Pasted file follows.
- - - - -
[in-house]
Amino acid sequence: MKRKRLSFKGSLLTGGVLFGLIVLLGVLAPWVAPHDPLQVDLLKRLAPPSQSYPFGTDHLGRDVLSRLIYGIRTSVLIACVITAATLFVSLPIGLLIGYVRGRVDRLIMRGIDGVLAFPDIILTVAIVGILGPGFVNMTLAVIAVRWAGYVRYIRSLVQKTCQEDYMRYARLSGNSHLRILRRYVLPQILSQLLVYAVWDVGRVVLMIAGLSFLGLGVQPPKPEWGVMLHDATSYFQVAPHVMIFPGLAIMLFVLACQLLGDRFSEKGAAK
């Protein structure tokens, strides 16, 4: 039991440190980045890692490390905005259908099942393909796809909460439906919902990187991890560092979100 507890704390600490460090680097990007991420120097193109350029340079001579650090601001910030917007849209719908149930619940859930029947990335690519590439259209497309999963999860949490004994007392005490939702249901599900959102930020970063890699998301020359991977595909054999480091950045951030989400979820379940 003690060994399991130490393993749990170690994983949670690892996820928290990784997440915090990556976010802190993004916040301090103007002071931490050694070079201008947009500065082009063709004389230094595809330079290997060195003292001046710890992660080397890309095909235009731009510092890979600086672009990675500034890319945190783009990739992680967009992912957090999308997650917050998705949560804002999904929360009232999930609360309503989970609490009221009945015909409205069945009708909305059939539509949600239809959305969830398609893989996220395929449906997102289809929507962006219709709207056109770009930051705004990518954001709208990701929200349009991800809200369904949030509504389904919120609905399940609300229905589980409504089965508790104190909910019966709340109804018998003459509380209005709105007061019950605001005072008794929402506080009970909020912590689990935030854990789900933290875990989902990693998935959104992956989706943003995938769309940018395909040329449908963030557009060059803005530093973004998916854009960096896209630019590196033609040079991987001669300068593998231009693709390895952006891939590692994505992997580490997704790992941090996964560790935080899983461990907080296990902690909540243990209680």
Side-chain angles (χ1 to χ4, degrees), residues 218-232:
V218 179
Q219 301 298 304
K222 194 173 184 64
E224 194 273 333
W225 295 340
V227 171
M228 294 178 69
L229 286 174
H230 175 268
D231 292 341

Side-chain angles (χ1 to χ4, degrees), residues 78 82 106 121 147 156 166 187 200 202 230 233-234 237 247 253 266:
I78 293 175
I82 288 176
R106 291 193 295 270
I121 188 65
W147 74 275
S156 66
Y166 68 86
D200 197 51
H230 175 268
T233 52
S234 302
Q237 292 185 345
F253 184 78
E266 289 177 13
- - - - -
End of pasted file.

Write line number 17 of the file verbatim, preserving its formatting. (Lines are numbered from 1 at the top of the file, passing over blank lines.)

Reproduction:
I82 288 176